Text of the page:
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Viacom sues Google for $1 billion

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Google sued over YouTube clips


<h2>Google sued over YouTube clips

Viacom alleges "massive intentional copyright infringement"...

By Greg Sandoval

Published: Wednesday 14 March 2007

Viacom has slapped YouTube and parent company Google with a lawsuit, accusing the wildly popular video-sharing site of "massive intentional copyright infringement" and seeking more than $1bn in damages.

The complaint, filed in the US District Court for the Southern District of New York, contends that nearly 160,000 unauthorised clips of Viacom's entertainment programming have been available on YouTube and that these clips have been viewed more than 1.5 billion times.

Viacom, an entertainment giant that owns DreamWorks, Paramount Pictures and a number of cable channels, said it has also asked the court for an injunction to halt the alleged copyright infringement.

Viacom said in its complaint: "YouTube appropriates the value of creative content on a massive scale for YouTube's benefit without payment or licence. YouTube's brazen disregard of the intellectual-property laws fundamentally threatens not just plaintiffs but the economic underpinnings of one of the most important sectors of the United States economy."

The lawsuit represents a serious escalation in the conflict with YouTube, and it is also the most significant legal challenge over intellectual-property rights to video-sharing's number one site. But some industry observers doubt this will embolden other entertainment companies to mount their own court challenges.

Google downplayed the legal challenge and extolled the benefits to content creators that it sees in YouTube.

It said in a statement: "We have not received the lawsuit but are confident that YouTube has respected the legal rights of copyright holders and believe the courts will agree.

"YouTube is great for users and offers real opportunities to rights holders: the opportunity to interact with users; to promote their content to a young and growing audience; and to tap into the online-advertising market. We will certainly not let this suit become a distraction to the continuing growth and strong performance of YouTube and its ability to attract more users [and] more traffic, and [to] build a stronger community."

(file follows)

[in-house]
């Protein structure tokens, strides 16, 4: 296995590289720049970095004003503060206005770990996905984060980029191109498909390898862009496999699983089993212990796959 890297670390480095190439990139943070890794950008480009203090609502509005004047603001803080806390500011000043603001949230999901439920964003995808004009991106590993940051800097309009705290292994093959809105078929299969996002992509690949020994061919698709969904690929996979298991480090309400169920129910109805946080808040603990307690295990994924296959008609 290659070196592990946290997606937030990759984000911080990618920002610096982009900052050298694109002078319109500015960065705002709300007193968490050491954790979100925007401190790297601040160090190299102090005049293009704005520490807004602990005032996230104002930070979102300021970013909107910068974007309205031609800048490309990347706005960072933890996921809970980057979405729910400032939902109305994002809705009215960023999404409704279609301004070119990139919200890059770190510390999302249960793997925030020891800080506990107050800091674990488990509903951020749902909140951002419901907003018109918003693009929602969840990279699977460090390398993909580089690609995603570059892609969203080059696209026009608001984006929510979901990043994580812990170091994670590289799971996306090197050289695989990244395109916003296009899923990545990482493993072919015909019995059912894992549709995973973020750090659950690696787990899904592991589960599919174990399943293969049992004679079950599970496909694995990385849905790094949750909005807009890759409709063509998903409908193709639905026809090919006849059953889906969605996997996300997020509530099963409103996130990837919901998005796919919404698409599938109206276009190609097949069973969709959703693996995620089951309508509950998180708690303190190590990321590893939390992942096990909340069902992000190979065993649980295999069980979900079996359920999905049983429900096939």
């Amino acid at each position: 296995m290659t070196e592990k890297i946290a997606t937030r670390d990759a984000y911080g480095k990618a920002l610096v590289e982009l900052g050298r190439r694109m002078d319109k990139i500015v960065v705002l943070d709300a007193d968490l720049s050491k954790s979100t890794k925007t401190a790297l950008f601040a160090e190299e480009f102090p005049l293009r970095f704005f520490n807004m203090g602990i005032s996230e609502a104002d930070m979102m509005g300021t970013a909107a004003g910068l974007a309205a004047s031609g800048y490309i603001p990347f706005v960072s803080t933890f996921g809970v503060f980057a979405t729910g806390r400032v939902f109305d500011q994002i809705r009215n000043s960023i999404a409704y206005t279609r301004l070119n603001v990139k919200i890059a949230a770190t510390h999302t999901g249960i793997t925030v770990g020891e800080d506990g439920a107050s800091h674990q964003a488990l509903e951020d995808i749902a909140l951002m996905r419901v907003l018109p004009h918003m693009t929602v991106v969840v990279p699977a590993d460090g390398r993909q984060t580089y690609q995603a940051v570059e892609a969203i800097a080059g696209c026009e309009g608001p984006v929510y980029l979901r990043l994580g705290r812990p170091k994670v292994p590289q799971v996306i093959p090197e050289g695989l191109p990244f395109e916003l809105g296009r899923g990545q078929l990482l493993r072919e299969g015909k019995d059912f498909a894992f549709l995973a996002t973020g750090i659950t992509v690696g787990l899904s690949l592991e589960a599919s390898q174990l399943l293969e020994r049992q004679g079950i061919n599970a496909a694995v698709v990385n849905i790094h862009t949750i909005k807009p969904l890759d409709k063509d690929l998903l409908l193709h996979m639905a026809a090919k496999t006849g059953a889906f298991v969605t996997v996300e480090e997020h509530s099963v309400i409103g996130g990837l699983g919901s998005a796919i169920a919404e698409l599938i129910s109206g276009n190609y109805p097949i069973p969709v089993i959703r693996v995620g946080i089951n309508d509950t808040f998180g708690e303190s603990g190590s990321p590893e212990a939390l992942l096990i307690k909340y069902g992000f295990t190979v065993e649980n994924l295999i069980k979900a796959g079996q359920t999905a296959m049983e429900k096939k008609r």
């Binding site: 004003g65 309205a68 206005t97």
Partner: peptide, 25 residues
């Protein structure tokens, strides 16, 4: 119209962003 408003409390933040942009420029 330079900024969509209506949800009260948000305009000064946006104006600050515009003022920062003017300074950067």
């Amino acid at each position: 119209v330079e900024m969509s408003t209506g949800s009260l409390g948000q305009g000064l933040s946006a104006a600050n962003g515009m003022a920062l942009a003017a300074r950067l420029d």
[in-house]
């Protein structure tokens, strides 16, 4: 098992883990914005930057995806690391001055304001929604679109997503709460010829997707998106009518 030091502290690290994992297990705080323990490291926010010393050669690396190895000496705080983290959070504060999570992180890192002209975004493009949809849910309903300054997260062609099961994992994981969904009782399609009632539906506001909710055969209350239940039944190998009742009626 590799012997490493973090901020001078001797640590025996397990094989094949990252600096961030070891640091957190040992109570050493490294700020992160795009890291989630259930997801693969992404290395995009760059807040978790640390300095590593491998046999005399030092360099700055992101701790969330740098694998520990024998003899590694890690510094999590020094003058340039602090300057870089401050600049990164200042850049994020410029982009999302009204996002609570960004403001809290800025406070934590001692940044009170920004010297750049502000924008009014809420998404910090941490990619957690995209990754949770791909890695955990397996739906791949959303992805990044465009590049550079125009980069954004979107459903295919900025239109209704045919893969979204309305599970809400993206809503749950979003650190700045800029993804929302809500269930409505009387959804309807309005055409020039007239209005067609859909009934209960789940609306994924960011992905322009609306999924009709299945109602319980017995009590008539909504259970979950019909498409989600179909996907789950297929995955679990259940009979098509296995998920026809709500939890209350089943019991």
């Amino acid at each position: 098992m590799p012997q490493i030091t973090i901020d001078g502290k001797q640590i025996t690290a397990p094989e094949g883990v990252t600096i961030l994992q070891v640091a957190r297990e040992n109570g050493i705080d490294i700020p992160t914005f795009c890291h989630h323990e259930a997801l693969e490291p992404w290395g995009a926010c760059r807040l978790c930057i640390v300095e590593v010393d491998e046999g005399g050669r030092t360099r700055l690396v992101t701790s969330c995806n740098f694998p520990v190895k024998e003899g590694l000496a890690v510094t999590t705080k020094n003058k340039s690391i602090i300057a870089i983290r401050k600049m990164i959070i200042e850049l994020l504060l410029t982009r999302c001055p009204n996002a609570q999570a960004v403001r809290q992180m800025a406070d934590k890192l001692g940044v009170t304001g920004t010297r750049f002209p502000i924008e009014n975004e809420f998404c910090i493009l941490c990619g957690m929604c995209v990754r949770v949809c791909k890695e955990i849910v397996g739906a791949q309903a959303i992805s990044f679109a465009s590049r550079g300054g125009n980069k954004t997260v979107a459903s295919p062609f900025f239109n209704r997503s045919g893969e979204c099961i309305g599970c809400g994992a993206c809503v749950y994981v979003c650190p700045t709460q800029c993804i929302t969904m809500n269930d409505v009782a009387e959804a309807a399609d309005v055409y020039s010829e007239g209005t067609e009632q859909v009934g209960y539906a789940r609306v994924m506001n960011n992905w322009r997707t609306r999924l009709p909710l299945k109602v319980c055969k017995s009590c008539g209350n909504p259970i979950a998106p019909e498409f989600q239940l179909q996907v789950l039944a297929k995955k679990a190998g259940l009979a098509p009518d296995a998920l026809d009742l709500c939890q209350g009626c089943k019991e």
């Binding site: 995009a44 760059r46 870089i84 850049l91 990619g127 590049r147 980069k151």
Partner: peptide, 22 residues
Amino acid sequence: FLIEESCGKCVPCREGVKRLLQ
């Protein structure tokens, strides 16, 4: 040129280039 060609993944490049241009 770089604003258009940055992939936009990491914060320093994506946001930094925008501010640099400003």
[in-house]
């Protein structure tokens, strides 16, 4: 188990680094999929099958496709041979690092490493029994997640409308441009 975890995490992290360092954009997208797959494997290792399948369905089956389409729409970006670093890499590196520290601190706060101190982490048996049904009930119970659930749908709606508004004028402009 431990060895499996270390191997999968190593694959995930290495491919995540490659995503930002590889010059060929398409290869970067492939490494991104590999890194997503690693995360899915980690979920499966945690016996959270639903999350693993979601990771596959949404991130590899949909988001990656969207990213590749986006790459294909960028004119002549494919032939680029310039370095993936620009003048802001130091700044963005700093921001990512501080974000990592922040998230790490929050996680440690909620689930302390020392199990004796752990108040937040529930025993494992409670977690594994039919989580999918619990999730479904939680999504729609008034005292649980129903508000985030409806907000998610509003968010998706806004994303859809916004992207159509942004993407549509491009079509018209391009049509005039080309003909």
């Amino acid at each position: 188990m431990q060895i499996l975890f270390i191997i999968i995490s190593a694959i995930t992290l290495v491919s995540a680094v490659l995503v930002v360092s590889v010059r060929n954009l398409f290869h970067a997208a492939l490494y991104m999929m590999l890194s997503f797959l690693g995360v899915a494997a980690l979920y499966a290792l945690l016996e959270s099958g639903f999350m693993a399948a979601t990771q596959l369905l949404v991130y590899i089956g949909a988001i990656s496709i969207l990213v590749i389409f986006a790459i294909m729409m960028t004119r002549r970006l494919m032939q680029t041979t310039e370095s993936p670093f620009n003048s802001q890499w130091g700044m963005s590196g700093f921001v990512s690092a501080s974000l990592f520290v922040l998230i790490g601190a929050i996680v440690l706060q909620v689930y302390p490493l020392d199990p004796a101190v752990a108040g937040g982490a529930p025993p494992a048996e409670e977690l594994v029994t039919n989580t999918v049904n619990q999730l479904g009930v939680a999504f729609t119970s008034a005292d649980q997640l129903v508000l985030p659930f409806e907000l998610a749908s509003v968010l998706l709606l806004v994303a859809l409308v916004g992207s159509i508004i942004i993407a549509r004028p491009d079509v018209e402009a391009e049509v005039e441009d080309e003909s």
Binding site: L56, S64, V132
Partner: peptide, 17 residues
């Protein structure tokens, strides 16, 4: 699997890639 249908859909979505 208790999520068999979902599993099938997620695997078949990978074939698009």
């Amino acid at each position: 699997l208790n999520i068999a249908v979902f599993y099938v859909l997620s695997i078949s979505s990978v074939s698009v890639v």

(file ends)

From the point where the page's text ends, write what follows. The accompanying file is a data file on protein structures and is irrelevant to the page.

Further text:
Google, which acquired YouTube last October for $1.65bn, recognised the possibility that the video site would one day be forced to wage lengthy court battles. The company has reportedly set aside a sum of money to fund legal costs.

Meanwhile, Google has successfully negotiated licensing deals with many entertainment companies, including CBS, Warner Music Group and most recently, the BBC.

CNET News.com's Elinor Mills contributed to this report

Greg Sandoval writes for CNET News.com

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I hope this blows up in Viacom's face. YouTube admin's take down copyrighted material all the time, so I don't see how they "intentionally" infringing copyright laws. The content is 90% user created or uploaded, so If they want to sue someone they should sue the people that upload the content, not google. And we all know how that sort of thing halts people from doing it :hardgay: :hardgay:

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Lol poophy, i just read that today, I think viacom is fucked up, Google isn't letting them do it, its the users. Though i suppose google could post a warning, but theres no real way to stop the users, so if Viacom wants to sue, they should sue the users, even though its nearly impossible.

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It's a shame that old media companies can't adapt well to new technology. Hard media is dying, youtube and social networking is a great way to advertise and if companies don't take advantage they will lose out to the companies that are taking advantage!

In the next few years we'll either see media companies either gaining control of their content and losing money or freeing their content and reaching more eyes and making more money then ever before.

Hopefully, the latter will happen. But the way things are happening with these suits and all this bullshit... no one can tell.

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  • 2 weeks later...

There really is no wa for them to disable the uploading of copryrighted clips, that would requiring entering the millions of copyrighted clips into a program that they would have to program to dissallow anything that has similar images from the millions of clips painstakingly entered into the database. and, seeing as how theres no way to do that it would have to go on a smililari basis which would then in turn stop clips that werent those copyrighted.

And on a completley unrelated note. Viacom could force google to implement "commercials" in place of the black screen the shows related clips.

And on an even more unrelated note. Imagine if GPS systems tracked stores prices and then relayed them to you "Everything must go sale on right in (5) miles."

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